Get Your Chill On

The refreshing chill of iced coffee is well-documented. Some have even suggested we’re approaching an iced coffee tipping point. To that I say, “Balderdash!” Iced coffee is here to stay. Especially at TransAtlantic Towers where it absolutely central to my morning routine.

THE LOW-TEMP LOWDOWN

The iced coffee I drink most often is from the pitcher I keep chilling in the fridge at home. This is the coffee brewed by our usual grind and brew machine that has been left to cool and then is poured into a fridge friendly container and chilled. What could be easier? After all, we’re making coffee anyway; ModParlPhotos needs his coffee in the AM as well, though his preference is for a steaming cup of joe.  No coffee goes to waste because I can just add it to the existing supply.

But sometimes, usually in the hottest part of the summer, the mood comes upon me and I will make some cold-brew. Cold brew is an infusion method – where coarsely ground coffee is left to brew slowly in cold water overnight. Because no hot water is involved the resulting coffee is smooth, low-acid, and generally less bitter than more conventionally made coffee.

Coffee shops, cafes and restaurants who have hopped on the iced coffee train generally use cold brew but if they don’t have a lot of call for it, they might make it by pouring hot coffee over ice cubes. This is less than optimal since that, more often than not, results in lukewarm watery coffee.

Determining the right ratio of coffee to water is a matter of experimentation – much depends on the coffee you use and how strong you like your brew. But a good starting place is the proportions from the 2007 New York Times recipe that seems to have started the iced coffee craze we are now immersed in.

  1. In a jar, stir together 1/3 cup ground coffee (medium-coarse grind) and 1 1/2 cups water. Cover and let rest at room temperature overnight or 12 hours.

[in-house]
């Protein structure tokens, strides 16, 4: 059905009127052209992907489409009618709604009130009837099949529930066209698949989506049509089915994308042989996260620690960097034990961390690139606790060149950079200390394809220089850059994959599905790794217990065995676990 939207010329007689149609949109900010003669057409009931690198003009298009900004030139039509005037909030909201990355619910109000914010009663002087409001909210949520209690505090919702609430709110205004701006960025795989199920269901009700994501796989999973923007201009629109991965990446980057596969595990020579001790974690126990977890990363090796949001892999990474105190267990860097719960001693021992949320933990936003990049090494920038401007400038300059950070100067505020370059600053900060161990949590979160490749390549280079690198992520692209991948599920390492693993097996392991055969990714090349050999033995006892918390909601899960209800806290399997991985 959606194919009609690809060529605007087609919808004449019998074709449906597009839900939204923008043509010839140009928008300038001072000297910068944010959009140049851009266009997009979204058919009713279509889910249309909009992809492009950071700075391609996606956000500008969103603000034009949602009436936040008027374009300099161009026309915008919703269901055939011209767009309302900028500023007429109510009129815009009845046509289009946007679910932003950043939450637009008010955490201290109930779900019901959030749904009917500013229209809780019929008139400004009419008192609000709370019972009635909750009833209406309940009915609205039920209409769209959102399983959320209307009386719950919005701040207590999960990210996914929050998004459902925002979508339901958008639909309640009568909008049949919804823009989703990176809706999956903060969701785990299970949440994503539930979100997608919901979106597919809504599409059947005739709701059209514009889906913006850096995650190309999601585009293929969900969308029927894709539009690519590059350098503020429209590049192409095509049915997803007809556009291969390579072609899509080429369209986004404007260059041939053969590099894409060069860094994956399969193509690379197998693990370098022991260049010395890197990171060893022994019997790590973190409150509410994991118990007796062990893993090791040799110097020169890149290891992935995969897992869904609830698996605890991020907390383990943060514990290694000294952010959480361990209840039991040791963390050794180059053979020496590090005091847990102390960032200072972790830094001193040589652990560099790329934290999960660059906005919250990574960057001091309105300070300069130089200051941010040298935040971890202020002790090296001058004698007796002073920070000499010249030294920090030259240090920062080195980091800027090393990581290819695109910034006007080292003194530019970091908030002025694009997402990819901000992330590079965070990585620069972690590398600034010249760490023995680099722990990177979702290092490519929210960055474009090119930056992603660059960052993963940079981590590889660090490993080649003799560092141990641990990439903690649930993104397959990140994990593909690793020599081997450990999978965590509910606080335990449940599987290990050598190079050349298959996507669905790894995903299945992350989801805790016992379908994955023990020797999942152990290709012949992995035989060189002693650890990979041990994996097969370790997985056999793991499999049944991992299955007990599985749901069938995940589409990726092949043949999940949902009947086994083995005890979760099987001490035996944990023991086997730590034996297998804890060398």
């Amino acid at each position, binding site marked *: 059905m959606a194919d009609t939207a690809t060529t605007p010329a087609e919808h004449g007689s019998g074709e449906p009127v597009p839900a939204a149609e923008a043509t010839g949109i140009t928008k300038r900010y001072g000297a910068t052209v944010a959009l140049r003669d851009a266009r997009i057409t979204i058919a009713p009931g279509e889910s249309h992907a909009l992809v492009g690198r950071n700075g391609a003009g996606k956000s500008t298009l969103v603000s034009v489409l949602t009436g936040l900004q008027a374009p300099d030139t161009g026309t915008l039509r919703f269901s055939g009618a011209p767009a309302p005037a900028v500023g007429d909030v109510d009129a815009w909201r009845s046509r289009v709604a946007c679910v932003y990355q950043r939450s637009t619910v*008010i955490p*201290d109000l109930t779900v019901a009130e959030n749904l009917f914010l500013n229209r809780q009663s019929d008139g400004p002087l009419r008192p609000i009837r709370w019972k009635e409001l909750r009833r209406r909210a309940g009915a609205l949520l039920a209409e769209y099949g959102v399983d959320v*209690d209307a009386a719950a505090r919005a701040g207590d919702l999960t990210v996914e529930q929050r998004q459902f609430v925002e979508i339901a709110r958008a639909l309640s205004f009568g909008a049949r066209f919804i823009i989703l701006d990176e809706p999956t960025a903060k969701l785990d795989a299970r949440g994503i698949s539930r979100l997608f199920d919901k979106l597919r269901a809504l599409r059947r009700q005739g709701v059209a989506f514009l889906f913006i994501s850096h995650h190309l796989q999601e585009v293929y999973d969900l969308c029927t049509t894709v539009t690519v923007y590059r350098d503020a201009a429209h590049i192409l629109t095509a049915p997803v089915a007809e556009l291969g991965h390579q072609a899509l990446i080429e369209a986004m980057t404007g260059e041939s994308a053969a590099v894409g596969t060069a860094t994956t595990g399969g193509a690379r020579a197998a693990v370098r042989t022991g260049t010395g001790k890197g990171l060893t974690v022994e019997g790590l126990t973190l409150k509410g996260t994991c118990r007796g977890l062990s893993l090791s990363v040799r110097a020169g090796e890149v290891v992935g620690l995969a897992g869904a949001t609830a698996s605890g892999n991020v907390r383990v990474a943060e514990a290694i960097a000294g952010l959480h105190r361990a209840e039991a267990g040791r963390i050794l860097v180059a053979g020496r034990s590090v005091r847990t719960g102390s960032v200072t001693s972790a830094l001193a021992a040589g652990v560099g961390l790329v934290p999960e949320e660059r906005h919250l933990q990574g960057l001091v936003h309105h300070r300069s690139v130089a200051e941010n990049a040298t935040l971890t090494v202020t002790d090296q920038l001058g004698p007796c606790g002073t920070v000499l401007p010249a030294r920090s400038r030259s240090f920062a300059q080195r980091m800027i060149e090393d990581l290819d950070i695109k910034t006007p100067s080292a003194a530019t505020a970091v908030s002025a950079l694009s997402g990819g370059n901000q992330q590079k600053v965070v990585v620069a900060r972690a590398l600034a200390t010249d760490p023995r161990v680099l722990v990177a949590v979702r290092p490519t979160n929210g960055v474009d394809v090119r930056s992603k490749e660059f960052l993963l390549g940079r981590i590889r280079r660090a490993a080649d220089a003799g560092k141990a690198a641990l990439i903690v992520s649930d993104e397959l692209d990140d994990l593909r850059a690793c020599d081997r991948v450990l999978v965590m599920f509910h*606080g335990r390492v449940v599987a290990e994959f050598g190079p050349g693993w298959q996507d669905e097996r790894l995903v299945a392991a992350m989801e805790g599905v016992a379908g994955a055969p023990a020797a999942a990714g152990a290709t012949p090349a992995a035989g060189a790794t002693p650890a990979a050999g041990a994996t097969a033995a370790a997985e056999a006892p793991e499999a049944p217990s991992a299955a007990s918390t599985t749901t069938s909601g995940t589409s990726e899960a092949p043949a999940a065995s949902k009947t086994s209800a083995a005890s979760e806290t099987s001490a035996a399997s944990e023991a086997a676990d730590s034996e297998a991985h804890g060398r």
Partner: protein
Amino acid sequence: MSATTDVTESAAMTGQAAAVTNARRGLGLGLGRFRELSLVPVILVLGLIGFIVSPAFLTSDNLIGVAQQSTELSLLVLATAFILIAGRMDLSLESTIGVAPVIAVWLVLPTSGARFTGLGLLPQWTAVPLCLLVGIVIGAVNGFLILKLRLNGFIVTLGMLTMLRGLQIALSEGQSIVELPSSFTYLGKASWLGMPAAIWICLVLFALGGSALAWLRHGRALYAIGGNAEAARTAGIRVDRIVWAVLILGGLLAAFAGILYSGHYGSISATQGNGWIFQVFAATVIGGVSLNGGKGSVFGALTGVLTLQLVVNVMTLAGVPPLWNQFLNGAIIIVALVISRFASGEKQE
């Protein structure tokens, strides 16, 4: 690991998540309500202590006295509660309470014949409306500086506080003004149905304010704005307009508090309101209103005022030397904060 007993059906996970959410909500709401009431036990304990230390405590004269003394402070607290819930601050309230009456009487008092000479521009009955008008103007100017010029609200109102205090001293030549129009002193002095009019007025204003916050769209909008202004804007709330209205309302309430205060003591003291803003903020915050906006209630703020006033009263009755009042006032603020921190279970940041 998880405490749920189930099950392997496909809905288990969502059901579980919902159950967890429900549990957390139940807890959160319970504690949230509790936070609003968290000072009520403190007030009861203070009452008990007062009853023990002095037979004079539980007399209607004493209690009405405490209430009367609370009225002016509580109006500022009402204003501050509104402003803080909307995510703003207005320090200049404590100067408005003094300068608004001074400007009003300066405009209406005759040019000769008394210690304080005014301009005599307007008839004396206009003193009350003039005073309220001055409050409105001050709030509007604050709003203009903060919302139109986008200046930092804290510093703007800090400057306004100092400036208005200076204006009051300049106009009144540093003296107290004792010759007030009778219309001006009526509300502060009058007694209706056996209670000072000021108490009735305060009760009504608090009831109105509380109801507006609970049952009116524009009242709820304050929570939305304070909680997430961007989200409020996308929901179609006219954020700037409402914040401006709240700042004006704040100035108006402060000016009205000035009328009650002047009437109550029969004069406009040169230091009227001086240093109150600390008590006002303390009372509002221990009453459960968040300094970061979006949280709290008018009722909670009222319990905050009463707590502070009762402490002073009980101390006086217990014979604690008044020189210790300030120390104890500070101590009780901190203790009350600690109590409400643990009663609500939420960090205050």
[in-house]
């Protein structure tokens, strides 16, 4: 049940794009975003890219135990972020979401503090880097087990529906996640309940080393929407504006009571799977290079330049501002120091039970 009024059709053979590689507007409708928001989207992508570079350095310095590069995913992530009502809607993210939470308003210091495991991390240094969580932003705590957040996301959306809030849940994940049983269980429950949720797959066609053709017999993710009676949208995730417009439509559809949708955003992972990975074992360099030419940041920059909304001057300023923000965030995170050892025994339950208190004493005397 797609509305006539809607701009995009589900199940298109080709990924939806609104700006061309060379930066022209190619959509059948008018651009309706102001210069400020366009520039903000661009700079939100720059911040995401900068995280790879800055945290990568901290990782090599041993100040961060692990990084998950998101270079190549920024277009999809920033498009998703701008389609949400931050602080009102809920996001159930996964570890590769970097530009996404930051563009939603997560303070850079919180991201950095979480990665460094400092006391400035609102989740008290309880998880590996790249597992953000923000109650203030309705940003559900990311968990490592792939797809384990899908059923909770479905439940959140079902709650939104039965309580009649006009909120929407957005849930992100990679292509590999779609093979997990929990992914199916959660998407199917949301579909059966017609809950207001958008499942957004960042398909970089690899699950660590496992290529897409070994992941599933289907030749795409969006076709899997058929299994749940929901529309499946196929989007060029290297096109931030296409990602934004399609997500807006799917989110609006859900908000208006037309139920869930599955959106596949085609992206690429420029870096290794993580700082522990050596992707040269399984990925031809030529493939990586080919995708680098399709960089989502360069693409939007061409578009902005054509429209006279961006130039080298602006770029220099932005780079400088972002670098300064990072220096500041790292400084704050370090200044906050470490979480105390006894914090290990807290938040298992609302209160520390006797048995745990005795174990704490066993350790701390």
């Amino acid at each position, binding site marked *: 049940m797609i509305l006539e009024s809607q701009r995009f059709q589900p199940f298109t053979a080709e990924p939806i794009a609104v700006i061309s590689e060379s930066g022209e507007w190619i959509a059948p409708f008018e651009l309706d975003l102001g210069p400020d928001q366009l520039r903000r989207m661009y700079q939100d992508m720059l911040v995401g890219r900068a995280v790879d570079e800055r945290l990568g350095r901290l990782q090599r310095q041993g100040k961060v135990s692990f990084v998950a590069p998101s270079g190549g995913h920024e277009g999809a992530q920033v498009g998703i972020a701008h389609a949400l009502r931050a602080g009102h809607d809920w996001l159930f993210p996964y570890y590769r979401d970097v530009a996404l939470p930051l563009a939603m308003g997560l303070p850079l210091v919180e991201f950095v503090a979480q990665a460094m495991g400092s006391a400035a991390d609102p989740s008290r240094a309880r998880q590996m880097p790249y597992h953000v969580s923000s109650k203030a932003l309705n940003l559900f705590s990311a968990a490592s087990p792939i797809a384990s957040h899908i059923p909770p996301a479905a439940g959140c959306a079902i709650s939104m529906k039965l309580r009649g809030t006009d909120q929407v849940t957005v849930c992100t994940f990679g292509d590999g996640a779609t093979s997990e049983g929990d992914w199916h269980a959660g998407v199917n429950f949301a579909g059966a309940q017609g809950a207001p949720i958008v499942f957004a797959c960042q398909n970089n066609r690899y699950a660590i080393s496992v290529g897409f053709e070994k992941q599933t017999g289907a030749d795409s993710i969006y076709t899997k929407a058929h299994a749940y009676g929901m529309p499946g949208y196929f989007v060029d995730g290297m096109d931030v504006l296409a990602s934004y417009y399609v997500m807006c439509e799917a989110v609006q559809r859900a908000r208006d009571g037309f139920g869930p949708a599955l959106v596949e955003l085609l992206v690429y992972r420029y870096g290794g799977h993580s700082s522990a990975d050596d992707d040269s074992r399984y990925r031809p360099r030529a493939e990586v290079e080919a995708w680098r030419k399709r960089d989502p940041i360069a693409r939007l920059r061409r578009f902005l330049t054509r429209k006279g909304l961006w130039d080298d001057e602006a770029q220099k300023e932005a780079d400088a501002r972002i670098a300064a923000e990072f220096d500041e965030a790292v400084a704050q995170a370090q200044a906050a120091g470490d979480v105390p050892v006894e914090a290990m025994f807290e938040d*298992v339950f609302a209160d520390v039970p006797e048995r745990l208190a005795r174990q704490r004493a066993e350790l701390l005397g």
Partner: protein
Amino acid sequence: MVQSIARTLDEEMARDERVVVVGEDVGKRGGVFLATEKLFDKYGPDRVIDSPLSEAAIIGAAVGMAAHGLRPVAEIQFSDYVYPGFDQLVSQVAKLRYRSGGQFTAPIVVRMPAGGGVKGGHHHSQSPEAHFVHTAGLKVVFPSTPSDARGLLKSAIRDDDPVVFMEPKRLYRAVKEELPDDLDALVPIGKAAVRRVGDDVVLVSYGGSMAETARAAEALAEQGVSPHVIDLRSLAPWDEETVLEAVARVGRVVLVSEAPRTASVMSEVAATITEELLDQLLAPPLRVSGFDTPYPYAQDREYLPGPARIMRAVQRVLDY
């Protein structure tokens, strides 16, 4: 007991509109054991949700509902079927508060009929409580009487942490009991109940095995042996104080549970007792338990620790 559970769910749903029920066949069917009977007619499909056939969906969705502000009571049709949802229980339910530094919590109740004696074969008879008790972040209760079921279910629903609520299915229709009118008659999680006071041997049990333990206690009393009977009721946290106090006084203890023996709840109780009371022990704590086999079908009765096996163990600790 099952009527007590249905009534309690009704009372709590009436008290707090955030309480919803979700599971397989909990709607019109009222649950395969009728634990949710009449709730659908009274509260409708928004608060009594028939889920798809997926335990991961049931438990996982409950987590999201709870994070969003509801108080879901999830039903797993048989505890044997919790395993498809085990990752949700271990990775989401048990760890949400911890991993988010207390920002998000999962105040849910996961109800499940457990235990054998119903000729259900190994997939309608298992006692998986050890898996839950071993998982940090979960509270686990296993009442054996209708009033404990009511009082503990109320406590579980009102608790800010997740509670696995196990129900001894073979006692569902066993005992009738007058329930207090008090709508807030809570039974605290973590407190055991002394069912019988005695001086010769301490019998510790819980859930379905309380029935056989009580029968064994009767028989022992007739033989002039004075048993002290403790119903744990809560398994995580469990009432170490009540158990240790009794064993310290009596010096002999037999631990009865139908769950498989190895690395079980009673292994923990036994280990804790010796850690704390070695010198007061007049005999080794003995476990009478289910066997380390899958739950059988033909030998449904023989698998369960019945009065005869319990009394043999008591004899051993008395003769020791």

2. Strain twice through a coffee filter, a fine-mesh sieve or a sieve lined with cheesecloth.
  3. In a tall glass filled with ice, mix equal parts coffee concentrate and water, or to taste. If desired, add milk.

TOP TIPS

Keep It Strong: Keep your iced coffee from getting watered down – using coffee ice cubes. Also, go with a darker roast, even if dark roast is not what you use when you make hot coffee. If you avoid dark roast because you associate it with more bitterness and acidity, worry not and cold brew. The very nature of cold brew means less of both from the get go. Also, cold dulls flavours and – let’s face it – ice melts and dilutes (hence the coffee ice cube suggestion, as well.)

Boost the Flavours: You can make flavoured coffee cubes by making fresh coffee and mixing in flavours while it’s hot. Chocolate mix, sweetened condensed milk, caramel … it’s a great way to turn conventionally brewed coffee into a flavourful, icy treat. You can also add flavour up front while cold brewing by sprinkling in some cinnamon, nutmeg or similar (a teaspoon or so for each cup of beans) to the ground coffee before adding the water.

Stay Sweet: if you want to sweeten your coffee, I would suggest using a sugar syrup when prepping your drink rather than sweetening the whole pitcher. And by sugar syrup, I don’t mean anything fancy. I simply mean dissolving sugar into an equal amount of simmering water (takes only just a few minutes) and then bottling it & sticking it in the fridge. Should keep in a glass container in the fridge for a month.

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